Civil society organisations were therefore buoyed in 2016 when the AIIB became the first multilateral development bank to explicitly include an oversight mechanism in its founding documents. This culminated in the establishment of the PPM in 2018.

The Asian Infrastructure Investment Bank headquarters in Beijing. The world’s second-largest multilateral development bank faces accusations of a lack of transparency and unreasonably high expectations in its internal accountability policy. Photo: Reuters
However, in more than five years of existence, the PPM has not accepted a single complaint. Through a purposefully complex mix of eligibility and accessibility rules, the AIIB has made it nearly impossible for affected communities to actually access the mechanism. This seeming aversion to its own oversight mechanism suggests the AIIB is afraid of complaints.

The AIIB excluded nearly half of its portfolio from the PPM’s mandate when it decided that the mechanism could not review projects co-financed with other multilateral development banks. The AIIB considers this an innovation, one that prioritises efficiency and ease for potential complainants.

However, outsourcing accountability to a co-financier completely ignores that the AIIB also has a legal and institutional responsibility to provide a remedy for its impact, learn lessons and hold staff accountable. Moreover, the AIIB is alone in its approach as other independent accountability mechanisms opt to cooperate with the co-financier’s IAM in similar situations.

Even if a complainant can approach the PPM, they must first jump through unfair hoops. For example, it requires people to first make prior “good faith” efforts to resolve the complaint with borrowers in charge of implementing the project and bank management, the very actors who complainants perceive to have caused them harm.

Chinese-led bank: we found no evidence we are dominated by Communist Party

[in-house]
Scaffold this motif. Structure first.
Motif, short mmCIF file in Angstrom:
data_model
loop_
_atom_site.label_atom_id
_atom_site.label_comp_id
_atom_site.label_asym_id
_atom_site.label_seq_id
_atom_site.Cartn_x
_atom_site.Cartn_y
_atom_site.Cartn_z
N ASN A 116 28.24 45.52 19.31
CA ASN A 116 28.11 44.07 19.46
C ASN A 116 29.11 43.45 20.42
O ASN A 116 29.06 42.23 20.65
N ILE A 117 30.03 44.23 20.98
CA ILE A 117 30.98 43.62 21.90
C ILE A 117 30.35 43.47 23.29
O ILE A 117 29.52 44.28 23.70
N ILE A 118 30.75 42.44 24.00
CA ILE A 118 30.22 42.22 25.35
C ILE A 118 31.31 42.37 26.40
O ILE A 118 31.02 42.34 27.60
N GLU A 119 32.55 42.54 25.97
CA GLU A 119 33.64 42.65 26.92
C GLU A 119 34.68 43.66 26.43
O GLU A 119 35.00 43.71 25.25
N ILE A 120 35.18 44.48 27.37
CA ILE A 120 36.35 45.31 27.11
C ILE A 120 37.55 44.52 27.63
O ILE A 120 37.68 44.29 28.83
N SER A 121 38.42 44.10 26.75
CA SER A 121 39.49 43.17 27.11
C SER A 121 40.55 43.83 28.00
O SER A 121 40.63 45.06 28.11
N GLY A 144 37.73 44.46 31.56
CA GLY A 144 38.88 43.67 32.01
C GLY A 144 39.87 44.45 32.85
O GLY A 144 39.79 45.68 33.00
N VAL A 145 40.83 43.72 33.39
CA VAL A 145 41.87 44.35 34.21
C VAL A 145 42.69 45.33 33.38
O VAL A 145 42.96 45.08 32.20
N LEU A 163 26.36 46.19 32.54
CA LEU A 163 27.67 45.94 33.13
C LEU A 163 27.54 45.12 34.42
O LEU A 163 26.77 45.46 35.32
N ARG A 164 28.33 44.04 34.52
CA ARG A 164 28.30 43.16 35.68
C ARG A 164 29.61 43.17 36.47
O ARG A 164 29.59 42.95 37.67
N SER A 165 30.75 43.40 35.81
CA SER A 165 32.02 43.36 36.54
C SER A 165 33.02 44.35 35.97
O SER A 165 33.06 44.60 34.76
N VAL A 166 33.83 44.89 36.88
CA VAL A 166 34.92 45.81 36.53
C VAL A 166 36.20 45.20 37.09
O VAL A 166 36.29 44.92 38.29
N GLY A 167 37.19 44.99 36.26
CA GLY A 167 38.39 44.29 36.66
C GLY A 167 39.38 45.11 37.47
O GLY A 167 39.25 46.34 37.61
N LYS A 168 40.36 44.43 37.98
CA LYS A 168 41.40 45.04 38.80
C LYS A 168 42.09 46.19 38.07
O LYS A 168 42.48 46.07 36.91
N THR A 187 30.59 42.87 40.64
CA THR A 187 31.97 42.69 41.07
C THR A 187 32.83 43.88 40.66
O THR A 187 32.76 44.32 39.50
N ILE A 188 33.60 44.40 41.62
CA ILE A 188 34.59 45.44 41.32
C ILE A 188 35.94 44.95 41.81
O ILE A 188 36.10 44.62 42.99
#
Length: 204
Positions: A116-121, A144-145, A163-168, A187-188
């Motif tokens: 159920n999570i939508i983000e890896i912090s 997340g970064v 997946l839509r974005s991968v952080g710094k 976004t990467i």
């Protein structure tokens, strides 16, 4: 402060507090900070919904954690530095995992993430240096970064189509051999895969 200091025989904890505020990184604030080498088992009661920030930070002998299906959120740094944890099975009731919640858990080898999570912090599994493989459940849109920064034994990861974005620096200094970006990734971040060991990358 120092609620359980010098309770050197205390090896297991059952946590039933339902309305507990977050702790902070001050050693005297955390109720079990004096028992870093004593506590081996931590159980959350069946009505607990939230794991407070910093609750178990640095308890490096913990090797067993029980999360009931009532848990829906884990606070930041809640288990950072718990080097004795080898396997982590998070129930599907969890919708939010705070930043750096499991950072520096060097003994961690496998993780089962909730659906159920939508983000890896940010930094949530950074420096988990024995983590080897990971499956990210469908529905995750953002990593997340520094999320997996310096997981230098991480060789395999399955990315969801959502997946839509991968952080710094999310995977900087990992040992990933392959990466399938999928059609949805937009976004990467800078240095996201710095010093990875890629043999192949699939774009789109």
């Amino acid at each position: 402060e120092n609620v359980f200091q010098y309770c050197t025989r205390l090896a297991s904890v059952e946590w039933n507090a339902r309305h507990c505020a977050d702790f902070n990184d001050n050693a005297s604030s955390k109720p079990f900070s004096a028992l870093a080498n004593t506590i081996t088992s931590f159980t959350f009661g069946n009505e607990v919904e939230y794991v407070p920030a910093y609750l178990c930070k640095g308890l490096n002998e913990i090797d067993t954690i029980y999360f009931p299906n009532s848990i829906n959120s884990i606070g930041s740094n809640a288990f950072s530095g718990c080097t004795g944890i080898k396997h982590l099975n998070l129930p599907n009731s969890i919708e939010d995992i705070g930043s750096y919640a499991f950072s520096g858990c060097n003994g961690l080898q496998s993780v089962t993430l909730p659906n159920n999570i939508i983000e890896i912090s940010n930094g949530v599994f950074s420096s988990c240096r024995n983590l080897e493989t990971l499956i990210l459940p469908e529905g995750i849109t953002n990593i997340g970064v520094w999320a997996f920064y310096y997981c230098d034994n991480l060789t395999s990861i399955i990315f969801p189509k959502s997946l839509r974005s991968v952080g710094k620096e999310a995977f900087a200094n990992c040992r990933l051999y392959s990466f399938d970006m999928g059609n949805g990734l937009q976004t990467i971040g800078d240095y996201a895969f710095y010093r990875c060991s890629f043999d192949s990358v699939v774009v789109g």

While some other multilateral development banks’ independent accountability mechanisms also put in place unfair requirements, the AIIB is the only one that requires going through two levels of internal grievance processes before being allowed to access an independent mechanism. Given the larger context in which projects are funded, this is often an insurmountable barrier.

These unreasonably high expectations were used to deny access to complainants who were affected by an AIIB-funded gas project in Bangladesh. They had been engaging with the AIIB, the borrower and the institution for three years.

The AIIB describes this minimalist approach to oversight as being efficient and in line with its broader “ lean, clean and green” strategy. The value of a lean institution lies in its ability to quickly and effectively respond to challenges faced by the world today, but when leanness means an absence of quality control or avoidance of responsibility, the cure can become worse than the disease.
When the Chinese government unveiled plans in 2015 to establish a new regional multilateral development bank, there were concerns about whether it would truly adhere to environmental and social rules for its investments. Unfortunately, without accountability to project-affected communities, no one – including the AIIB – can answer that question.

Radhika Goyal is a policy associate with Accountability Counsel, where she advocates for international financial institutions to be more accountable to the communities they impact